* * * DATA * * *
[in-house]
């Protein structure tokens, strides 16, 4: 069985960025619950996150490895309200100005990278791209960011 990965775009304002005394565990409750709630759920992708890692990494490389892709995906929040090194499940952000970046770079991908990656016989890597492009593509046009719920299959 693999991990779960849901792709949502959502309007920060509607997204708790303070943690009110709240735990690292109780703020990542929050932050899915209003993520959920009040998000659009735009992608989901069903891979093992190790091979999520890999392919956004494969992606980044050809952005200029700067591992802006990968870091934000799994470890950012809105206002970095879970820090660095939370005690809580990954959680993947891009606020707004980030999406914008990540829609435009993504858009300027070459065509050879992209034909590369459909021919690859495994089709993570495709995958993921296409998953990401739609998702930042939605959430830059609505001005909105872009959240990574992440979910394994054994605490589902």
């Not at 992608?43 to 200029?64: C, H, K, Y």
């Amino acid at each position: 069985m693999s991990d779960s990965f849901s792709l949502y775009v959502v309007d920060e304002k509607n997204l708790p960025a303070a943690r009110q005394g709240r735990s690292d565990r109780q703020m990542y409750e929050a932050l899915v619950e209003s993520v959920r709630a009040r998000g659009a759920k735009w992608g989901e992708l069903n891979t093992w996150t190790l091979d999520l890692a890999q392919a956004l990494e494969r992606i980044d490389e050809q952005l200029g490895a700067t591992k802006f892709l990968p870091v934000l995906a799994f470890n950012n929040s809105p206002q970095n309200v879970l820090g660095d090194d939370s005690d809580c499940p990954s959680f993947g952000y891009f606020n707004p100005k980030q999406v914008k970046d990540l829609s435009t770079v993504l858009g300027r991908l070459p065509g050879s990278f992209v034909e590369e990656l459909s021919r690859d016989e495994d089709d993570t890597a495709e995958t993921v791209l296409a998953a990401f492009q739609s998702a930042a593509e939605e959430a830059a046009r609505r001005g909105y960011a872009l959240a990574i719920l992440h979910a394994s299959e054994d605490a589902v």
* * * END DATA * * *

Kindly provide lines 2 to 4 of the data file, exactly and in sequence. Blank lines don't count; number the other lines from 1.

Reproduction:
């Protein structure tokens, strides 16, 4: 069985960025619950996150490895309200100005990278791209960011 990965775009304002005394565990409750709630759920992708890692990494490389892709995906929040090194499940952000970046770079991908990656016989890597492009593509046009719920299959 693999991990779960849901792709949502959502309007920060509607997204708790303070943690009110709240735990690292109780703020990542929050932050899915209003993520959920009040998000659009735009992608989901069903891979093992190790091979999520890999392919956004494969992606980044050809952005200029700067591992802006990968870091934000799994470890950012809105206002970095879970820090660095939370005690809580990954959680993947891009606020707004980030999406914008990540829609435009993504858009300027070459065509050879992209034909590369459909021919690859495994089709993570495709995958993921296409998953990401739609998702930042939605959430830059609505001005909105872009959240990574992440979910394994054994605490589902």
């Not at 992608?43 to 200029?64: C, H, K, Y």
């Amino acid at each position: 069985m693999s991990d779960s990965f849901s792709l949502y775009v959502v309007d920060e304002k509607n997204l708790p960025a303070a943690r009110q005394g709240r735990s690292d565990r109780q703020m990542y409750e929050a932050l899915v619950e209003s993520v959920r709630a009040r998000g659009a759920k735009w992608g989901e992708l069903n891979t093992w996150t190790l091979d999520l890692a890999q392919a956004l990494e494969r992606i980044d490389e050809q952005l200029g490895a700067t591992k802006f892709l990968p870091v934000l995906a799994f470890n950012n929040s809105p206002q970095n309200v879970l820090g660095d090194d939370s005690d809580c499940p990954s959680f993947g952000y891009f606020n707004p100005k980030q999406v914008k970046d990540l829609s435009t770079v993504l858009g300027r991908l070459p065509g050879s990278f992209v034909e590369e990656l459909s021919r690859d016989e495994d089709d993570t890597a495709e995958t993921v791209l296409a998953a990401f492009q739609s998702a930042a593509e939605e959430a830059a046009r609505r001005g909105y960011a872009l959240a990574i719920l992440h979910a394994s299959e054994d605490a589902v």